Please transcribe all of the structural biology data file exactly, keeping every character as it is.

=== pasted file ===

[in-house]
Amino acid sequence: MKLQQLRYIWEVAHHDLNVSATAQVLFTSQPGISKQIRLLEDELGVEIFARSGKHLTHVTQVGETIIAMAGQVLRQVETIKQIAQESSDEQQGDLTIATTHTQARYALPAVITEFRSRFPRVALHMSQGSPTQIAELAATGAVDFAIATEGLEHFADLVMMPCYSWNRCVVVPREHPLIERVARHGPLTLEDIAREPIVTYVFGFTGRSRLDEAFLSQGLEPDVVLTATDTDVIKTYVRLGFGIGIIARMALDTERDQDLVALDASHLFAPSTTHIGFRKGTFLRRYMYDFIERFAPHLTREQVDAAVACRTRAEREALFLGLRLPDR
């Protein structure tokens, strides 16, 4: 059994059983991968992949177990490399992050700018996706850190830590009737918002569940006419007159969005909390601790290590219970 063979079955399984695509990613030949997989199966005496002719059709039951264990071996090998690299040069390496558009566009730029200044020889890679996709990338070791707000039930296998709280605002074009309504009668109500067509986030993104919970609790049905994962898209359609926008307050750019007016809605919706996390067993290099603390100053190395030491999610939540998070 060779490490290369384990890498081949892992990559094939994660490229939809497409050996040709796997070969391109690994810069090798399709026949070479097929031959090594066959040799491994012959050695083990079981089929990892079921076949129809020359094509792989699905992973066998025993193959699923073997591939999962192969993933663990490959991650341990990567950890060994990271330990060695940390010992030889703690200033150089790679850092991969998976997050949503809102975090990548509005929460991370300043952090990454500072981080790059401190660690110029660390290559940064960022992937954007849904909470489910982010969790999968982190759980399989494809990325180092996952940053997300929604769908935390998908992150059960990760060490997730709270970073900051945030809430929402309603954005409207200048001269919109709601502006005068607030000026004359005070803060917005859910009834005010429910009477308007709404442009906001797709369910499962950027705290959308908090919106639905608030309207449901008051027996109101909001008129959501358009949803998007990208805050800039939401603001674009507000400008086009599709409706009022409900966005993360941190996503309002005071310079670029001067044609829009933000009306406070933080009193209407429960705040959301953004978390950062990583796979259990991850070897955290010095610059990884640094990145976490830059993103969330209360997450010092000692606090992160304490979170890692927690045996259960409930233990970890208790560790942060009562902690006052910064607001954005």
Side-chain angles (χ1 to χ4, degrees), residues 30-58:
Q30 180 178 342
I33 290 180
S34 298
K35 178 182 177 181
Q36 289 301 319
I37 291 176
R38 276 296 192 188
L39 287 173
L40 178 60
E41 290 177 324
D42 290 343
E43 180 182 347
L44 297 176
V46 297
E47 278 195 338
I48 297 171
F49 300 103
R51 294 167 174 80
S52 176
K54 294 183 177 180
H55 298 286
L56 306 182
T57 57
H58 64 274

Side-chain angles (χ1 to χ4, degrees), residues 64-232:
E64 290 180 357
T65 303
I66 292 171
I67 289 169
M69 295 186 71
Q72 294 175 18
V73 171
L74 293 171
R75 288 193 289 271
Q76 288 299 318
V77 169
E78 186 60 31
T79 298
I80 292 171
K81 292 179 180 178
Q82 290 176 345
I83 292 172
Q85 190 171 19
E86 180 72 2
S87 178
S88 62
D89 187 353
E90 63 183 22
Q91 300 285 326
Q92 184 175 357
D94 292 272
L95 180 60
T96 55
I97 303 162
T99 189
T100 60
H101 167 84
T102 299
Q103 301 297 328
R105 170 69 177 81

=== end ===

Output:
[in-house]
Amino acid sequence: MKLQQLRYIWEVAHHDLNVSATAQVLFTSQPGISKQIRLLEDELGVEIFARSGKHLTHVTQVGETIIAMAGQVLRQVETIKQIAQESSDEQQGDLTIATTHTQARYALPAVITEFRSRFPRVALHMSQGSPTQIAELAATGAVDFAIATEGLEHFADLVMMPCYSWNRCVVVPREHPLIERVARHGPLTLEDIAREPIVTYVFGFTGRSRLDEAFLSQGLEPDVVLTATDTDVIKTYVRLGFGIGIIARMALDTERDQDLVALDASHLFAPSTTHIGFRKGTFLRRYMYDFIERFAPHLTREQVDAAVACRTRAEREALFLGLRLPDR
């Protein structure tokens, strides 16, 4: 059994059983991968992949177990490399992050700018996706850190830590009737918002569940006419007159969005909390601790290590219970 063979079955399984695509990613030949997989199966005496002719059709039951264990071996090998690299040069390496558009566009730029200044020889890679996709990338070791707000039930296998709280605002074009309504009668109500067509986030993104919970609790049905994962898209359609926008307050750019007016809605919706996390067993290099603390100053190395030491999610939540998070 060779490490290369384990890498081949892992990559094939994660490229939809497409050996040709796997070969391109690994810069090798399709026949070479097929031959090594066959040799491994012959050695083990079981089929990892079921076949129809020359094509792989699905992973066998025993193959699923073997591939999962192969993933663990490959991650341990990567950890060994990271330990060695940390010992030889703690200033150089790679850092991969998976997050949503809102975090990548509005929460991370300043952090990454500072981080790059401190660690110029660390290559940064960022992937954007849904909470489910982010969790999968982190759980399989494809990325180092996952940053997300929604769908935390998908992150059960990760060490997730709270970073900051945030809430929402309603954005409207200048001269919109709601502006005068607030000026004359005070803060917005859910009834005010429910009477308007709404442009906001797709369910499962950027705290959308908090919106639905608030309207449901008051027996109101909001008129959501358009949803998007990208805050800039939401603001674009507000400008086009599709409706009022409900966005993360941190996503309002005071310079670029001067044609829009933000009306406070933080009193209407429960705040959301953004978390950062990583796979259990991850070897955290010095610059990884640094990145976490830059993103969330209360997450010092000692606090992160304490979170890692927690045996259960409930233990970890208790560790942060009562902690006052910064607001954005």
Side-chain angles (χ1 to χ4, degrees), residues 30-58:
Q30 180 178 342
I33 290 180
S34 298
K35 178 182 177 181
Q36 289 301 319
I37 291 176
R38 276 296 192 188
L39 287 173
L40 178 60
E41 290 177 324
D42 290 343
E43 180 182 347
L44 297 176
V46 297
E47 278 195 338
I48 297 171
F49 300 103
R51 294 167 174 80
S52 176
K54 294 183 177 180
H55 298 286
L56 306 182
T57 57
H58 64 274

Side-chain angles (χ1 to χ4, degrees), residues 64-232:
E64 290 180 357
T65 303
I66 292 171
I67 289 169
M69 295 186 71
Q72 294 175 18
V73 171
L74 293 171
R75 288 193 289 271
Q76 288 299 318
V77 169
E78 186 60 31
T79 298
I80 292 171
K81 292 179 180 178
Q82 290 176 345
I83 292 172
Q85 190 171 19
E86 180 72 2
S87 178
S88 62
D89 187 353
E90 63 183 22
Q91 300 285 326
Q92 184 175 357
D94 292 272
L95 180 60
T96 55
I97 303 162
T99 189
T100 60
H101 167 84
T102 299
Q103 301 297 328
R105 170 69 177 81